Integration of Health Informatics in Baccalaureate Nursing Education: Effectiveness of Face-to-Face vs. Online Teaching Methods

  • Author / Creator
    Kleib, Manal I.
  • Preparedness in informatics among future nurses continues to be a major concern for employers, nurse educators and graduates of undergraduate nursing programs. The purpose of this study was to develop an educational intervention about health informatics for undergraduate baccalaureate nursing students and compare outcomes associated with two formats (online and face-to-face) for delivering this material. The intervention was comprised of two learning modules that provided foundational knowledge about health informatics and its applications that nurses use to support clinical practice. The online learning modules were delivered with streaming video presentations, and self-directed exercises. The same content was offered in a face-to-face format with case studies and guided exercises. The study was conducted in two phases. In phase one, a non-equivalent control group design was used to pilot test the intervention, assess the internal reliability of measuring instruments, estimate sample size, and assess feasibility issues. In phase two, a randomized controlled trial design was used to determine whether there was a difference in knowledge gain, perceptions of self-efficacy, and attitudes toward the electronic health record between nursing students who received the intervention through either teaching format and those who did not receive the intervention. Only 42 individuals enrolled, and then were randomly assigned to the three study groups. A questionnaire was used to collect demographic data, perceptions of self-efficacy, attitudes about the electronic health record, and knowledge gain. Data were analyzed using ANOVA. Students who received the educational intervention did better in terms of knowledge gain than those who did not receive the intervention; therefore integration of informatics education in baccalaureate nursing education is recommended. There was no difference in knowledge gain scores of individuals who received the face-to-face version of the intervention and those who received the online version suggesting that both formats are equally effective for delivering this education. The intervention did not have an effect on perceptions of self-efficacy or attitudes toward the electronic health record. The low response rate significantly impacted the study; therefore replication of this study in other settings and among a larger sample is warranted. Further refinement of the knowledge gain instrument is needed.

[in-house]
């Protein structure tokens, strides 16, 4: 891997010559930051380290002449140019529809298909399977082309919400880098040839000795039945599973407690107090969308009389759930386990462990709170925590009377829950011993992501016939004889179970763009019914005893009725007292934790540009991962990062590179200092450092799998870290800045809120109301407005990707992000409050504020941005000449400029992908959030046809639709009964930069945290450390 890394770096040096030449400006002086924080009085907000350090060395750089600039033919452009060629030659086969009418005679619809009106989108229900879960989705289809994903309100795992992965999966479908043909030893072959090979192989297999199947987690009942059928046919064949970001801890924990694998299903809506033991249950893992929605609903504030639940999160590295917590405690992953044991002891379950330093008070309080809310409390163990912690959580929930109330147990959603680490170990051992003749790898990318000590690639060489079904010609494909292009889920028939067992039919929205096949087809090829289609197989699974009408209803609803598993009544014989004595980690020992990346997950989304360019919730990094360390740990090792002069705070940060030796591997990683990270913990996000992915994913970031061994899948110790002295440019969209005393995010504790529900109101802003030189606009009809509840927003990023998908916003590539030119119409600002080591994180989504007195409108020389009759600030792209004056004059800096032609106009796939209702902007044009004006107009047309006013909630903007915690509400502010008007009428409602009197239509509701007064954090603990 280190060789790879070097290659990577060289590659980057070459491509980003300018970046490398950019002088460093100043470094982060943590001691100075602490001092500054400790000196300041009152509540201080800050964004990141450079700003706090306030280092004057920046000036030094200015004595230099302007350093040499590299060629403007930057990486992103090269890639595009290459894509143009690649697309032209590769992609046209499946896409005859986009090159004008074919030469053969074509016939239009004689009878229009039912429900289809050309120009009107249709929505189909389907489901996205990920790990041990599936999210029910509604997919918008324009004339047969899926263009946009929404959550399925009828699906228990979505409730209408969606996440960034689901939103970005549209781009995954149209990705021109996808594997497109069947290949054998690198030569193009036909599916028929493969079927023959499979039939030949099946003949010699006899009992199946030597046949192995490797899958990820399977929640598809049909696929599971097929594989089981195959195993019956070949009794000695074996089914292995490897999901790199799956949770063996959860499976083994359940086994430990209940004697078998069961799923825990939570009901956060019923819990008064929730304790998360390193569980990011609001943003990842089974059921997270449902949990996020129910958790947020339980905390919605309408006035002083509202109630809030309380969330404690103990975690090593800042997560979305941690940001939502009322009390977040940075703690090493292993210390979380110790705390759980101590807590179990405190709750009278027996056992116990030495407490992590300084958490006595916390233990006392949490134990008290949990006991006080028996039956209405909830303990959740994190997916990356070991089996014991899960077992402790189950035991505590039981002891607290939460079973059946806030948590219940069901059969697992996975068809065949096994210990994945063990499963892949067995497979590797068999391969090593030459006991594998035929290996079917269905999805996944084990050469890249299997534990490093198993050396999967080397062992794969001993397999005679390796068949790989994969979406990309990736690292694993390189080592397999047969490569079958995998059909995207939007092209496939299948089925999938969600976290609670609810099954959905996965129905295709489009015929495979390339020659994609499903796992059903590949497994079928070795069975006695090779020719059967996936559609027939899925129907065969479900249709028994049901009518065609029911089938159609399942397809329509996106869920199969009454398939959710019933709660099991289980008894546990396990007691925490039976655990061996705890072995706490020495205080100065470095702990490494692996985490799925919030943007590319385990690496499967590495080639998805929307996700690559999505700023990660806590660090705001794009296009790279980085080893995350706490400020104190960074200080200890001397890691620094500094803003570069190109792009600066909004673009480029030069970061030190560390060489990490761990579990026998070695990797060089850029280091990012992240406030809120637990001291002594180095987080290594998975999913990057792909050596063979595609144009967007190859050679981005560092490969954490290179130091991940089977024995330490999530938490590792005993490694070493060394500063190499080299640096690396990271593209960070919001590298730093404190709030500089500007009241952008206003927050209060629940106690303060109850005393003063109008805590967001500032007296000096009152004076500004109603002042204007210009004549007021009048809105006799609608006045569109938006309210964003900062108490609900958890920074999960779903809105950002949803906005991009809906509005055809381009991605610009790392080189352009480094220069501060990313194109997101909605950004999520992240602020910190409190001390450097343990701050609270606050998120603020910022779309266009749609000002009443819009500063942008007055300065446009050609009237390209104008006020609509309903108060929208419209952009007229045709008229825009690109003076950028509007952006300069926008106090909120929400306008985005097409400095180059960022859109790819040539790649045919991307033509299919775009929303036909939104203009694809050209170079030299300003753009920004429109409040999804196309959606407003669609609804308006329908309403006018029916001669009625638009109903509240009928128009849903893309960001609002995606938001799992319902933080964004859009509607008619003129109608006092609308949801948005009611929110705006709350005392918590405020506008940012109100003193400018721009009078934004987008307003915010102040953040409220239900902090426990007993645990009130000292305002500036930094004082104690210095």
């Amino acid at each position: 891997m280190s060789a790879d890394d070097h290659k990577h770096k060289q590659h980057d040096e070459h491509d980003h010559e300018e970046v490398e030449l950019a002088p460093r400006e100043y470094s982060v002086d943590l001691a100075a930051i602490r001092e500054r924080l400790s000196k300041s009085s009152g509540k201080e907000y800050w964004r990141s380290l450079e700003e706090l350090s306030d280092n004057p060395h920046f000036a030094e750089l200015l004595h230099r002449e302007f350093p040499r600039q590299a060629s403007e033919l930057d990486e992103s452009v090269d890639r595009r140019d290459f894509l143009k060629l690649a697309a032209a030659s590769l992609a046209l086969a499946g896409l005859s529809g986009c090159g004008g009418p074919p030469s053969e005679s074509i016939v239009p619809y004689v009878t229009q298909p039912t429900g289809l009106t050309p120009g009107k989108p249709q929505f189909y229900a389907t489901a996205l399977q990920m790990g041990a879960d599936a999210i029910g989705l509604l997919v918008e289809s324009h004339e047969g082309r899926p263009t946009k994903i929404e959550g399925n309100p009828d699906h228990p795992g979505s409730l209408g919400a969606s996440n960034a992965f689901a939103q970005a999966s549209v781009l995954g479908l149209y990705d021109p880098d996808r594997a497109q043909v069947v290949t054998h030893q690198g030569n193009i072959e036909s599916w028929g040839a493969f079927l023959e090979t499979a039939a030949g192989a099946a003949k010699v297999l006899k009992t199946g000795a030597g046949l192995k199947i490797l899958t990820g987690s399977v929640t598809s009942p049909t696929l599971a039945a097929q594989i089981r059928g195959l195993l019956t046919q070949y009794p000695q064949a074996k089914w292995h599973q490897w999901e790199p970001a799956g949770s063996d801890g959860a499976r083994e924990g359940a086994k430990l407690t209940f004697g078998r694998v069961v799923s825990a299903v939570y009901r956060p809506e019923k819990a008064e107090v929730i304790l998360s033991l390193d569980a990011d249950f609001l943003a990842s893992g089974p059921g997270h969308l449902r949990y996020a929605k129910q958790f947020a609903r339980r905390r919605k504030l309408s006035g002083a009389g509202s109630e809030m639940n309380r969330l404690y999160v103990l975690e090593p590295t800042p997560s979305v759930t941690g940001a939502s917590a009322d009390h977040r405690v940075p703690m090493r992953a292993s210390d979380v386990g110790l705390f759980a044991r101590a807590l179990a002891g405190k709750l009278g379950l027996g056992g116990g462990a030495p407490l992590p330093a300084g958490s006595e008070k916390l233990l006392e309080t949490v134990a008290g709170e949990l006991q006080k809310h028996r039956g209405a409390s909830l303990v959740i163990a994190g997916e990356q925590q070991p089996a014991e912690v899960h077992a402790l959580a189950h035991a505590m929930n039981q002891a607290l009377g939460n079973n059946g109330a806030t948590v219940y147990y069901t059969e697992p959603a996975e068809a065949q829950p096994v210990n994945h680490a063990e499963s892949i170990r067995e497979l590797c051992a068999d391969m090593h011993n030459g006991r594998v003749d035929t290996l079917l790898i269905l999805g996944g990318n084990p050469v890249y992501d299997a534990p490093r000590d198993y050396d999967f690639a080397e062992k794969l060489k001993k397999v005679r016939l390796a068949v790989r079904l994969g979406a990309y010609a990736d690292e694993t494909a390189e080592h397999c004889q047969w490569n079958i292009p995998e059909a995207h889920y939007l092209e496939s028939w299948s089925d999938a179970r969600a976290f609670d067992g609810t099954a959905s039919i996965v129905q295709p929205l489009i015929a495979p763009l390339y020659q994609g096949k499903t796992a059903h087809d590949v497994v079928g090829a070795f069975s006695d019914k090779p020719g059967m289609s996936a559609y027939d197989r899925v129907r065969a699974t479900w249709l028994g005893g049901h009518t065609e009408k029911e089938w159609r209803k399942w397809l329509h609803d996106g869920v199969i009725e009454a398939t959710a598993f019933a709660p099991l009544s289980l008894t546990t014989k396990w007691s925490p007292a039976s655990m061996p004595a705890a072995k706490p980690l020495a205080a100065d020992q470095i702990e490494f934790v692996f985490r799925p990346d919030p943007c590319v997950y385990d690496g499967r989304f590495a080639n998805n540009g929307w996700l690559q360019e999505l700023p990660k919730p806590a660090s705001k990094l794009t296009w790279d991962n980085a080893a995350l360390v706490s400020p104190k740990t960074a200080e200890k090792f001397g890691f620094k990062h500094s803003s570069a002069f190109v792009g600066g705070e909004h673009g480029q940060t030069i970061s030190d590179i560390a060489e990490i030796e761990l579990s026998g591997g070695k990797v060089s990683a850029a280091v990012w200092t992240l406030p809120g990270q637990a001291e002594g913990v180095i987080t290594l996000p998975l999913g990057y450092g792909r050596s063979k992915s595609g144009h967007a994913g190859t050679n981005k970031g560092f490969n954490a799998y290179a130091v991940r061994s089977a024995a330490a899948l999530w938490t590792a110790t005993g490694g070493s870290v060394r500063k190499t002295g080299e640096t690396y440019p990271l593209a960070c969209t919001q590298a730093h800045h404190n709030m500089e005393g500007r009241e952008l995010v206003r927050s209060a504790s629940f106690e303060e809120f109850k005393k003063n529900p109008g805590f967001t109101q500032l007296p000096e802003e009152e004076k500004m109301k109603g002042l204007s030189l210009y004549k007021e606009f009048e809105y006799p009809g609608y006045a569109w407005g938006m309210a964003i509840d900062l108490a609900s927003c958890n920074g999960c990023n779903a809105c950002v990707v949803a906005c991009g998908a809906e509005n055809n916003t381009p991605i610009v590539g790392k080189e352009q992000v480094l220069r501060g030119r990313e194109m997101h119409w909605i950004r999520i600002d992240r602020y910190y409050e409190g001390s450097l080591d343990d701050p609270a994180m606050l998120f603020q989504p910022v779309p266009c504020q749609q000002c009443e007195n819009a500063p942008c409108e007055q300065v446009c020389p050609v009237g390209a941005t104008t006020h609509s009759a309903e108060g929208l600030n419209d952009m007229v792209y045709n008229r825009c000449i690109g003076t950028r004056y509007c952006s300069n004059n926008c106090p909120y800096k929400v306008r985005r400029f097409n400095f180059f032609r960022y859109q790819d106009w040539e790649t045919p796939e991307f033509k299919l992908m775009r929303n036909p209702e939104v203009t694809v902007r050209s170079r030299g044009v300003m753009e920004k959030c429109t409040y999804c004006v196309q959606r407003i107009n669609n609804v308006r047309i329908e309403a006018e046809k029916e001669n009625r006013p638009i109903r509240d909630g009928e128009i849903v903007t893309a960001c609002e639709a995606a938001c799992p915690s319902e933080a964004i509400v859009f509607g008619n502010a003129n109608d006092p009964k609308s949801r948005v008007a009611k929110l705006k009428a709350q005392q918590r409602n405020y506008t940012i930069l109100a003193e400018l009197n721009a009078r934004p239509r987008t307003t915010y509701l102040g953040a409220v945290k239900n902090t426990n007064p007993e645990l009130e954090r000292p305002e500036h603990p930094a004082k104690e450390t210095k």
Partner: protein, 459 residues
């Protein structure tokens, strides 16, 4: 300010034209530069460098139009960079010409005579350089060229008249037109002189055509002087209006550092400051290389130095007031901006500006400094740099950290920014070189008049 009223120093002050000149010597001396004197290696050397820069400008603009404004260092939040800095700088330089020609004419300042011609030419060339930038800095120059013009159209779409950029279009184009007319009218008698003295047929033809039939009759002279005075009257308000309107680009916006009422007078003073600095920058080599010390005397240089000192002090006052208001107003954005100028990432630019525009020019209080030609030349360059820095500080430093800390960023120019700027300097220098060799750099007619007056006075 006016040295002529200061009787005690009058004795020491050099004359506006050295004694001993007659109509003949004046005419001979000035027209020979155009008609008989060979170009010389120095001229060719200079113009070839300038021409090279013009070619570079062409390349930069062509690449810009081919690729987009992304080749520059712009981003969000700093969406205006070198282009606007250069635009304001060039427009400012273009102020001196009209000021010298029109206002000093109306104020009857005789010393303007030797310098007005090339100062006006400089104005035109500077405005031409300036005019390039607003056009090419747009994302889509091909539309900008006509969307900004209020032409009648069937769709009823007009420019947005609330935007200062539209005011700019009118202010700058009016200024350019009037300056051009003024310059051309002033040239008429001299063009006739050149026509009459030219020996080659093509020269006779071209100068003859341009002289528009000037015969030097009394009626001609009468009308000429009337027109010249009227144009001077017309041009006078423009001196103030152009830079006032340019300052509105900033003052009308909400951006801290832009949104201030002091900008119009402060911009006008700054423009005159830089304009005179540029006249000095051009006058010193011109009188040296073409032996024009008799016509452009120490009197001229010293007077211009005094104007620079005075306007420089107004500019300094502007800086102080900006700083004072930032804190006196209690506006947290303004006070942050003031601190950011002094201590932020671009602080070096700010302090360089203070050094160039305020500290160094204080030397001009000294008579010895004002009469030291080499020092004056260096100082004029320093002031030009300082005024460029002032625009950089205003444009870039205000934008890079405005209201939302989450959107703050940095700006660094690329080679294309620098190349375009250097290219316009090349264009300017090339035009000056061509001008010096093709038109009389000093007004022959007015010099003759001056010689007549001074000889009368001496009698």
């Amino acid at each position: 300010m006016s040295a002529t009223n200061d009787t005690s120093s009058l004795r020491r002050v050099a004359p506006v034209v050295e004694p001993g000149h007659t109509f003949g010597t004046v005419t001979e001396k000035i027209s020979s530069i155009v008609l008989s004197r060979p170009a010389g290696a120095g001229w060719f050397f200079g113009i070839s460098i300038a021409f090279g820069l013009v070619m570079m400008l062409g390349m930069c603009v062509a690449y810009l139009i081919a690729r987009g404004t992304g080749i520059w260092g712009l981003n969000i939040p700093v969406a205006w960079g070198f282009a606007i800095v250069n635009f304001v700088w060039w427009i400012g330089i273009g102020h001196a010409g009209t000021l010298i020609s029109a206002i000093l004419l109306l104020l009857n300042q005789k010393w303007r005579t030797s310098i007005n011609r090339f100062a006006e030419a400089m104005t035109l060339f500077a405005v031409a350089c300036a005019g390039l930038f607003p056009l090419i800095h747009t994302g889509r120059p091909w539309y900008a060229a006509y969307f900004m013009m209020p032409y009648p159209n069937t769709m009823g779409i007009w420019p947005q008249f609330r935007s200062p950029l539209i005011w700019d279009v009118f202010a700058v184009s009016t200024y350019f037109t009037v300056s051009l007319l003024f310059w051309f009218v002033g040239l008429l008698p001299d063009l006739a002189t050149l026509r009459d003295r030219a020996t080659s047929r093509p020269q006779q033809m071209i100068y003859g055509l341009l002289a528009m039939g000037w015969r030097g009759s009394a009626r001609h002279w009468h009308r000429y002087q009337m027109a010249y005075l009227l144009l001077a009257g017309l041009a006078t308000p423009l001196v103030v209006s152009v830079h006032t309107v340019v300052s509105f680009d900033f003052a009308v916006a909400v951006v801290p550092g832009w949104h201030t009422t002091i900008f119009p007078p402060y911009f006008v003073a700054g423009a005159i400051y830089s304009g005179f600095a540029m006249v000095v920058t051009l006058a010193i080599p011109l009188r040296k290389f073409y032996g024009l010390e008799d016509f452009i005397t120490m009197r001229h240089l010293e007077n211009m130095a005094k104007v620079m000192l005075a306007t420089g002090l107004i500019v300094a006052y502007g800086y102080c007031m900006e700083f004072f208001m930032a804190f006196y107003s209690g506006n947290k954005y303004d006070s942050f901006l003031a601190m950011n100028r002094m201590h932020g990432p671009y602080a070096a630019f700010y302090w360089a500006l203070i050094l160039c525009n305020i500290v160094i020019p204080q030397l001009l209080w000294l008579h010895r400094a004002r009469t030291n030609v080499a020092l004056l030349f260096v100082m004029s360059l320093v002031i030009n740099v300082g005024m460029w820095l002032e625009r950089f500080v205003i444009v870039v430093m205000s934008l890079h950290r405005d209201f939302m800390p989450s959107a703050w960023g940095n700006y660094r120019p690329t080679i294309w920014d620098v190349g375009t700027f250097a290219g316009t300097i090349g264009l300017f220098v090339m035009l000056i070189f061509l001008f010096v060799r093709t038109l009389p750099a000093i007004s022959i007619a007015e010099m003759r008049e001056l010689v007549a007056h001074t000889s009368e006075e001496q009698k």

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  • Degree
    Doctor of Philosophy
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